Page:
How to be more money savvy – without the scary spreadsheets
Keen to keep track of your money but not sure where to start? Don't worry, we've got some hacks that'll make your life easier.
If you're not great at keeping track of your finances, there are a few things you should know. First, you're not alone and you shouldn't be too hard on yourself.
Many of us were told it's not polite to talk about money, and the Australian schooling system imparts relatively little wisdom about the world of personal finance.
It's no surprise then, that the majority of Australians aren't on top of their money. In fact, a Finder survey of 25,000 Aussies found that 73% of us are either somewhat or extremely stressed about our current financial situation.
But you also need to know that just because you're not money savvy right now, doesn't mean you can't be money savvy tomorrow. (Okay, it might take a bit longer than a day to nail everything, but you can definitely be better by tomorrow).
And we're here to help with some of the basics. Remember, start with small changes and over time you might just find yourself giving the Barefoot Investor a run for his money. Maybe.
Find a bank with a decent app
It's 2021, people. If you don't love your bank's mobile app, it's time to switch to one you do love.
More and more banks are bringing their A-game when it comes to apps, and they can be an easy way to keep track of your money and better understand your spending.
For example, Virgin Money's app lets users set budgets, track spending, and see upcoming bills. It also lets customers enable automatic round ups to help with saving. (We'll talk more about these later).
Security is key too. So keep your eyes peeled for high-end security features, includes such as fingerprint-, face- or iris-recognition technology.
Open a high-interest savings account
Whether you're just starting out on your savings journey or you've already built up an impressive little nest egg, you should absolutely open a high-interest savings account. It's a no-brainer.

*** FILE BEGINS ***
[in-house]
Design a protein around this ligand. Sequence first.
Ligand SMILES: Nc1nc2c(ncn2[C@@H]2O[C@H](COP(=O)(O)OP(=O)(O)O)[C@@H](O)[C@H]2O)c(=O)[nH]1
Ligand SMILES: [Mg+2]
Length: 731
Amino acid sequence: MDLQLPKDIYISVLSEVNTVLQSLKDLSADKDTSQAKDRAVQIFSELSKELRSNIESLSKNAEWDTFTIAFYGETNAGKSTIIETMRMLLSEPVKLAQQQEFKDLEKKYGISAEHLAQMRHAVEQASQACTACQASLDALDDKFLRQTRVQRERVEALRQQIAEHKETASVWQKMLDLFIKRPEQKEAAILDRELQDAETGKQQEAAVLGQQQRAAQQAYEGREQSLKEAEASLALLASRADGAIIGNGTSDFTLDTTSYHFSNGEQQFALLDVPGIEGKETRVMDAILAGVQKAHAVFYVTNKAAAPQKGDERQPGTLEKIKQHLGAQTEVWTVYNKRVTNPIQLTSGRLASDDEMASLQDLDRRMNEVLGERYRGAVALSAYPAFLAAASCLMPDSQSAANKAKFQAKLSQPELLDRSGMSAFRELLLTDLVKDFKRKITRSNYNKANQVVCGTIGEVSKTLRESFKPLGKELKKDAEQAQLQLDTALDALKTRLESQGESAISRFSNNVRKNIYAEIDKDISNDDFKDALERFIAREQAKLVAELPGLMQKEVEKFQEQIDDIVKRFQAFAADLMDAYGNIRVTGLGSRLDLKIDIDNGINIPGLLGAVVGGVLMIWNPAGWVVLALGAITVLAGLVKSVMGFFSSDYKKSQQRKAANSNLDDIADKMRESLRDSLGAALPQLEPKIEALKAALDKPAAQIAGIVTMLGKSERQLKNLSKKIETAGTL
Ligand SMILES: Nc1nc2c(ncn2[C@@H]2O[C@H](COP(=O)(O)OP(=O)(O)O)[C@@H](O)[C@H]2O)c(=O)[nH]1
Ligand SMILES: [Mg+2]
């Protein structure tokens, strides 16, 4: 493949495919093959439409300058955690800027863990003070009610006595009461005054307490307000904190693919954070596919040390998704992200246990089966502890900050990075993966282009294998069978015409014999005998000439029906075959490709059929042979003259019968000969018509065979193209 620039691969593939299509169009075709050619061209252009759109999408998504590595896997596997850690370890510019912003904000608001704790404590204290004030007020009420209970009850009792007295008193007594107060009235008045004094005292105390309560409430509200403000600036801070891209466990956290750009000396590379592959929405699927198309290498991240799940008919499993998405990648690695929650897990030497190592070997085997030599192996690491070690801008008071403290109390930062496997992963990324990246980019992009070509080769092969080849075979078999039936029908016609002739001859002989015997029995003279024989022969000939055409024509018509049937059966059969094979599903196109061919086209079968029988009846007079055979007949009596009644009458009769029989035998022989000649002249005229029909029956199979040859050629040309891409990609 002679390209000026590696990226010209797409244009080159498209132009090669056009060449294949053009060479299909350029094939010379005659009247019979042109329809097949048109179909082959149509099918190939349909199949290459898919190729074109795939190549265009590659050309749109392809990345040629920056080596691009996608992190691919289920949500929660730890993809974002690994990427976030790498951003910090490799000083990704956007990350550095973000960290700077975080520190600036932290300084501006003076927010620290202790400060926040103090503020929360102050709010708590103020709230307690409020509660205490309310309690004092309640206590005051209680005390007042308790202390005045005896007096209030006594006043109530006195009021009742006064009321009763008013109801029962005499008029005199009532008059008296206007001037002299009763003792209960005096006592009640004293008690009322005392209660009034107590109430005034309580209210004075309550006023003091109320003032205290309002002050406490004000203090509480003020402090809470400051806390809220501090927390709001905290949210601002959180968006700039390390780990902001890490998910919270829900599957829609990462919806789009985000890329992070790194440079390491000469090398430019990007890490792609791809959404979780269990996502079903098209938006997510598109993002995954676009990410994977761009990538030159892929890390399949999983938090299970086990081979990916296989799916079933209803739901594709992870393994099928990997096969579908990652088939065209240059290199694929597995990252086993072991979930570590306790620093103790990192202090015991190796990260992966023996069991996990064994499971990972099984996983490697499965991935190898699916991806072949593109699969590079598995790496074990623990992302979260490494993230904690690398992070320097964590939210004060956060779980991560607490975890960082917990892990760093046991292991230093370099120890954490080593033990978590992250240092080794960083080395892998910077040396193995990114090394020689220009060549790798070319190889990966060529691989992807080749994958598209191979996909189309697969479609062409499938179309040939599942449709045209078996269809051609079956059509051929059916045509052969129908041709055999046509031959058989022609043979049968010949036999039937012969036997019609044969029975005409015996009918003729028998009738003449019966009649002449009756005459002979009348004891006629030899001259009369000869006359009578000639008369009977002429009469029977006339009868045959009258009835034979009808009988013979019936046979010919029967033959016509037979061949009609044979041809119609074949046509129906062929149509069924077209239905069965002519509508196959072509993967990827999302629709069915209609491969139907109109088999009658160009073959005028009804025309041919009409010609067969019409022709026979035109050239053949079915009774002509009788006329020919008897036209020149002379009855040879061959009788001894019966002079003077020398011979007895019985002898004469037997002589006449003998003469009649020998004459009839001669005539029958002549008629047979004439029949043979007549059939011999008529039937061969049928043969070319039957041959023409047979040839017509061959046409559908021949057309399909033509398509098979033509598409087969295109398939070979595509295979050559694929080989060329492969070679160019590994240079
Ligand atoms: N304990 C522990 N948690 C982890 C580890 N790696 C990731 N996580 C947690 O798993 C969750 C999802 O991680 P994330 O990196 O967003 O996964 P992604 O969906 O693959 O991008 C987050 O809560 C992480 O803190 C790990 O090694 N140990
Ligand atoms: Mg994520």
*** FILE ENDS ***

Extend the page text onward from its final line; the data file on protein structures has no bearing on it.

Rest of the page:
Take this scenario, for example. You have $29,000 saved – that's the average amount of savings we each have according to a Finder survey of over 25,000 Australians.
Right now, it's sitting in your everyday transaction account, not earning any interest. That nest egg isn't going to get any bigger on its own. But if you switched to a high-interest savings account, such as Virgin Money's Boost Saver, you could claim as much as 1% interest p.a. (bundled with a Virgin Money Go Transaction Account; monthly criteria and T&Cs apply).
Thanks to compounding interest, you could earn an extra $291 a year.
Use a spend tracker
Some banks are now offering spend trackers and tailored reports for everyday bank accounts. It means you can see exactly where your money is going, without having to waste hours creating confusing spreadsheets or poring over bank statements.
It's really easy to overlook where you're spending too much money - but when it's all laid in front of you, it's pretty hard to ignore that huge spend on Uber Eats, especially if it's getting bigger every month.
Use a bill tracker
Even if you've been paying the same bills for years, it's still possible to have one sneak up on you and arrive just when your bank balance is looking a little low.
For example, my rent is paid weekly, my gym membership is paid fortnightly, subscriptions are paid monthly, utilities are paid quarterly and insurances are paid annually. Phew.
Keep track of them with a bill tracker and you can plan ahead to build those expenses into your budget. No more sudden shocks or scrambling to settle red letters.
Round-ups are a great way to save without much effort. Activate them in your banking app and whenever you make a purchase, it'll be rounded up to the nearest dollar.
The spare change is then sent to a dedicated savings account. So if you buy something for $5.50, you'll automatically save 50 cents.
It might not seem like much, and you probably won't even notice, but it's a great place to start if you struggle with saving.
Staying on top of your money can seem daunting, but gradually making small changes and taking advantage of simple tools can make a big difference in the long run.
Don't be put off. The sooner you take control of your finances, the sooner you'll be reaping the rewards.